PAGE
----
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MIDI Beeper (and RISC OS Maestro / BBC Micro converter)

MIDI Beeper is a program to play MIDI files on Linux/BSD by beeping through the computer's beeper instead of using proper sound circuits. If you try to play chords or polyphony, it will rapidly switch between alternate notes like an old office telephone. It sounds awful, but it might be useful when you really have to play a MIDI file but have no sound device attached. It should work on any machine that has the "beep" command (install "beep" package from your Linux/Unix package manager). It has been tested on a PC speaker and on an NSLU2's internal speaker.

On the NSLU2, playing music with beep works in Debian 4 (Etch, 2007) but not so well in Debian 5 (Lenny, 2012); you can try compiling this modified beep.c instead (remember the chmod 4755 mentioned in the man page). I haven't tried it on more recent distros because my NSLU2 power supply failed and I upgraded to a Raspberry Pi. MIDI Beeper can also generate polyphonic square waves itself and feed them to aplay, which might be useful if you need a small MIDI player on a Raspberry Pi running Linux, although too many sound channels can slow this down as it's only a Python script.

Download or you can use pip install midi-beeper or pipx run midi-beeper (there's also a history on GitHub)


If you need to know what a MIDI file sounds like while using a "vanilla" RISC OS machine, edit midi-beeper and set riscos_Maestro to turn it into a converter from MIDI files to Acorn Maestro files. Rather than rapidly switching between notes, this uses true polyphony of up to 8 channels, although Maestro can struggle with rhythm when playing more than 4 channels. The music may not look good in Maestro (which is not a good program for typesetting anyway), but at least it plays.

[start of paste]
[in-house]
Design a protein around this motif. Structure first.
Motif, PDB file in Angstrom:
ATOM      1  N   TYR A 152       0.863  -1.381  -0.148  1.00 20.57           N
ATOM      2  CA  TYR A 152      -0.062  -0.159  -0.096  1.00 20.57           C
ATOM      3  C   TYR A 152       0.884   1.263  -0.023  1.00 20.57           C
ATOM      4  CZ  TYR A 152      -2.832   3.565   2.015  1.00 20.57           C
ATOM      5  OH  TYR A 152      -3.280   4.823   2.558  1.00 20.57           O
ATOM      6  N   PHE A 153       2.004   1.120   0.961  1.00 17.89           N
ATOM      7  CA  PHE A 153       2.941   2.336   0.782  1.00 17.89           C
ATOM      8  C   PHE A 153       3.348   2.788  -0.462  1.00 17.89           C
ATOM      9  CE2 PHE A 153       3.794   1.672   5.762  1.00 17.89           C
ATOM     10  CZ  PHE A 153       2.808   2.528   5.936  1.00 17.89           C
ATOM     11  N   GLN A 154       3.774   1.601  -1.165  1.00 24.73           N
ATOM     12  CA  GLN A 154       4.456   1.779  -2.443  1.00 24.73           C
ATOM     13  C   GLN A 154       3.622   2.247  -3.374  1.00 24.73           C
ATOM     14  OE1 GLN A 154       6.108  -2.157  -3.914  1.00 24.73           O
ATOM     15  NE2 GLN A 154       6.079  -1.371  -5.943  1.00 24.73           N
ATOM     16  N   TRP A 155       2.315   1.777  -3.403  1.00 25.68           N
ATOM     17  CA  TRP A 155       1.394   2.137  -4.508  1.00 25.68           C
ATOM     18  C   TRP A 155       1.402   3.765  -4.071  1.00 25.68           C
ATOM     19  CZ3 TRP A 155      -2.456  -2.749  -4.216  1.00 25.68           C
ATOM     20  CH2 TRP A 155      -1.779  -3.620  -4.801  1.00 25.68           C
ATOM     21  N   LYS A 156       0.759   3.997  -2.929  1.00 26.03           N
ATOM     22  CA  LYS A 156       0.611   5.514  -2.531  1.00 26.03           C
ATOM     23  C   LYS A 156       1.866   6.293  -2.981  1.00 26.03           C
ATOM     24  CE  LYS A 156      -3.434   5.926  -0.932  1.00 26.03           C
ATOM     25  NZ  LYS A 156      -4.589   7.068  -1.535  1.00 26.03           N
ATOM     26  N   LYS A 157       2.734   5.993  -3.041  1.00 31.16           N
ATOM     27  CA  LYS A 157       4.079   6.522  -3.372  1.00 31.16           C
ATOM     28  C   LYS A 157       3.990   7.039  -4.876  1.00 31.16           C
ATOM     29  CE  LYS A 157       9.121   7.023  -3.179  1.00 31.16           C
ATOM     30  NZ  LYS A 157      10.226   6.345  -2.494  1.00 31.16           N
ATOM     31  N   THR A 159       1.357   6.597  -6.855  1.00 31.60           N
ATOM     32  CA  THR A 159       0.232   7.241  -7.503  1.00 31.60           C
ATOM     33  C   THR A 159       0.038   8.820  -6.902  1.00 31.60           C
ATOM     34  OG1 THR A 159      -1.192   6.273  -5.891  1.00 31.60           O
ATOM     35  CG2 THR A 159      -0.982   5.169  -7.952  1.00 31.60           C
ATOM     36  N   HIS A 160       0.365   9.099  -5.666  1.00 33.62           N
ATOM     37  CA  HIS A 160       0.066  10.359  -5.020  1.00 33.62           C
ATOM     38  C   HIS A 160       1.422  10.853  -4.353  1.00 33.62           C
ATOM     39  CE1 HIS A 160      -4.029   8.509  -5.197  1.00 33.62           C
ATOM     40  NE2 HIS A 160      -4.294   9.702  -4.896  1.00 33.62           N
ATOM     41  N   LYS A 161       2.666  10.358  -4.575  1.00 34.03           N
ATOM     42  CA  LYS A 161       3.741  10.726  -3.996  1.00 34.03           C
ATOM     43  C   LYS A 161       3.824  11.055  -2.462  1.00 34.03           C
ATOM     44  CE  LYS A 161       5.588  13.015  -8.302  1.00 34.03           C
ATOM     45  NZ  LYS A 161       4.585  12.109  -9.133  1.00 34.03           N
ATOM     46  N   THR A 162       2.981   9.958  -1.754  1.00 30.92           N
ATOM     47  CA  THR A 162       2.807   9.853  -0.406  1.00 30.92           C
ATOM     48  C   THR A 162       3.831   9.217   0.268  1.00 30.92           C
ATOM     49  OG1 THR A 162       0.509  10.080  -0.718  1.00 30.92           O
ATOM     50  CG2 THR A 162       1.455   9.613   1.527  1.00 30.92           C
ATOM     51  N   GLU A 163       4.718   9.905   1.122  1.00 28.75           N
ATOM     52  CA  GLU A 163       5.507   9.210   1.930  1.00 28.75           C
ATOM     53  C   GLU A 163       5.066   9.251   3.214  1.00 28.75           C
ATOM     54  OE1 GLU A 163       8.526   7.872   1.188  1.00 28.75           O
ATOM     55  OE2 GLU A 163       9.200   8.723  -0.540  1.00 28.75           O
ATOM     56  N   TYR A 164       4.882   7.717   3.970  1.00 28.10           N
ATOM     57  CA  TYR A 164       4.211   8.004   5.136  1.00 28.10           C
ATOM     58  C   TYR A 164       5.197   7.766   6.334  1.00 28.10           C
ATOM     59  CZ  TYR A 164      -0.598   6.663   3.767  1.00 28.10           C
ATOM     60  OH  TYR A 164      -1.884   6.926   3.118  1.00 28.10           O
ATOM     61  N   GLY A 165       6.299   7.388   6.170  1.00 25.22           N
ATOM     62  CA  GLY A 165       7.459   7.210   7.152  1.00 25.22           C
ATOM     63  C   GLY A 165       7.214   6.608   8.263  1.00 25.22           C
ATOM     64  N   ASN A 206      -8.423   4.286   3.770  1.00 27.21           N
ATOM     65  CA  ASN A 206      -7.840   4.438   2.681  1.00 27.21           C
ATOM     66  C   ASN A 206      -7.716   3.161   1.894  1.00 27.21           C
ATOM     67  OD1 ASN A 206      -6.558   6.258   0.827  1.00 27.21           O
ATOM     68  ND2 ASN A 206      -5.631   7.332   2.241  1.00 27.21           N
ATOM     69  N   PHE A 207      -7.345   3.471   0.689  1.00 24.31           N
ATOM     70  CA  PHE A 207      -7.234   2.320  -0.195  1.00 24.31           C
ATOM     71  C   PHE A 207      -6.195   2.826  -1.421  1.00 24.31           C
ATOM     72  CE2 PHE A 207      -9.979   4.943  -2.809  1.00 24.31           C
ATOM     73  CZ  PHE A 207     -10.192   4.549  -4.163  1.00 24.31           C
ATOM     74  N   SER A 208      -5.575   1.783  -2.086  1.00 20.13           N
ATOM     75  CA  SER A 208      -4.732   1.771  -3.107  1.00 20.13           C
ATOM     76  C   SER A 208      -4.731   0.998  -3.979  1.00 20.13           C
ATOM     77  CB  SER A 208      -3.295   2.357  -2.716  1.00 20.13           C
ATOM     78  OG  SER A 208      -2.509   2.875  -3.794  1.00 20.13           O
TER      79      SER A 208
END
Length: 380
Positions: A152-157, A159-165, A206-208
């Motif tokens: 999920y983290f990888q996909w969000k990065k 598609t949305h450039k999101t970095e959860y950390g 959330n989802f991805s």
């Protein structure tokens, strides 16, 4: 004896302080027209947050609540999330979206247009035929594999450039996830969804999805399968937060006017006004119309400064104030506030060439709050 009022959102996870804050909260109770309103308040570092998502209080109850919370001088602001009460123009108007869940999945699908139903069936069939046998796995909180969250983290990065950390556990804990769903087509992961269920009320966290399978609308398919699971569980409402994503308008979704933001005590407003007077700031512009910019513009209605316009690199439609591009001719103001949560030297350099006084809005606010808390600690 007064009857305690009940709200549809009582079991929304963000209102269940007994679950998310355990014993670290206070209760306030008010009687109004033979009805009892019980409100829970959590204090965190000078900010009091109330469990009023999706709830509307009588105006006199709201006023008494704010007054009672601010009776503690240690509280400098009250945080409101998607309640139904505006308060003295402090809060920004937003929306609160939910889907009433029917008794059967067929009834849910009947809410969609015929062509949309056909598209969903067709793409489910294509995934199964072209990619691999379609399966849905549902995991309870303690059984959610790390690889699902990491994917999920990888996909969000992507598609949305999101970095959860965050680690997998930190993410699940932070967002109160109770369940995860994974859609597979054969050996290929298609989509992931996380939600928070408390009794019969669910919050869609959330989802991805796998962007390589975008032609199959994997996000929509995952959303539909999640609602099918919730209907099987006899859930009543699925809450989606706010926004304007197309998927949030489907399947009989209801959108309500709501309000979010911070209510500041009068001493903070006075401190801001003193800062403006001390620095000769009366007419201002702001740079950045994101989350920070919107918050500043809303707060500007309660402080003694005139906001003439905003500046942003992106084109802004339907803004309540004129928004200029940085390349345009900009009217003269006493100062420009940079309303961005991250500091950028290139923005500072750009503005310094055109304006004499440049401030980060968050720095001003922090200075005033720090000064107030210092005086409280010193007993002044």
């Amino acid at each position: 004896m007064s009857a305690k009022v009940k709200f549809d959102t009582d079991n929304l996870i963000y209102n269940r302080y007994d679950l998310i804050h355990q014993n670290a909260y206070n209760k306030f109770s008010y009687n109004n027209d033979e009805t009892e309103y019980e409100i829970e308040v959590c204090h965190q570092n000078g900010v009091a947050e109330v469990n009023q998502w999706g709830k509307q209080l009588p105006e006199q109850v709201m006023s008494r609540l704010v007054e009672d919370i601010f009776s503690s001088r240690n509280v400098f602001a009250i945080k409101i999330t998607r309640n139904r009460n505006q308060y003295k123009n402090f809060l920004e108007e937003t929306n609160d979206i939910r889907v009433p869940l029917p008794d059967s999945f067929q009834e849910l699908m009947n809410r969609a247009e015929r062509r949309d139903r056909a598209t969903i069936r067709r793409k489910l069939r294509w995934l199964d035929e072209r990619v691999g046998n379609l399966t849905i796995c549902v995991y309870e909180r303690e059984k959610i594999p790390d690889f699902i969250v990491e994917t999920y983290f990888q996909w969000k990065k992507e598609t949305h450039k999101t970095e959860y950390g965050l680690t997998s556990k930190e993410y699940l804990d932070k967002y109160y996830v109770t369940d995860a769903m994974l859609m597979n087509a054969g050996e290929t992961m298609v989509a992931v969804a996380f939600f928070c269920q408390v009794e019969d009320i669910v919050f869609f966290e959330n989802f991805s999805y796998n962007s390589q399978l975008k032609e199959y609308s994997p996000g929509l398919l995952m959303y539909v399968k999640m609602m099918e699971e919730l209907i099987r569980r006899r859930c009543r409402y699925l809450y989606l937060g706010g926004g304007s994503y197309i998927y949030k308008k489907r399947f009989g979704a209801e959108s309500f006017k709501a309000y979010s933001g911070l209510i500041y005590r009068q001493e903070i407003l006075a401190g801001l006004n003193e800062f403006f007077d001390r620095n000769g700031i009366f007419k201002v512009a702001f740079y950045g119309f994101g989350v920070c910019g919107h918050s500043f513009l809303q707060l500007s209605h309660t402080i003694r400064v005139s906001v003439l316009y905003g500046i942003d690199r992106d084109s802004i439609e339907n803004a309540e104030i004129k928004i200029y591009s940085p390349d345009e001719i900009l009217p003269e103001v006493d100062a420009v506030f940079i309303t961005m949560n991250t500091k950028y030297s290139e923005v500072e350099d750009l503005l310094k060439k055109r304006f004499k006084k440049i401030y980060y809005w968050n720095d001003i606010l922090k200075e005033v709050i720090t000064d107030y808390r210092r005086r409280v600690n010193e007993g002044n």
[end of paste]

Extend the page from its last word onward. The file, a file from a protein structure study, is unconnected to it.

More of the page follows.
Alternatively you can use a BBC Micro emulator (or a real BBC Micro if you still have one from the 1980s) and set MIDI Beeper to generate BBC Micro code. This uses 3-channel polyphony and can multiplex up to 9 via envelope arpeggiation (3 on the Electron). The tuning can be a bit 'wobbly'. Here's an example SSD of short compositions (~60k for ~33½mins).


MIDI Beeper can also generate code for the old PLAY command in QBasic for DOS, and for the GNU/Linux GRUB bootloader on machines where this has a beeper available (this is generally no longer the case on modern machines).

Options are also provided to render singing text using the Mac voices and the Praat phonetic processor (one channel at a time).

All material © Silas S. Brown unless otherwise stated.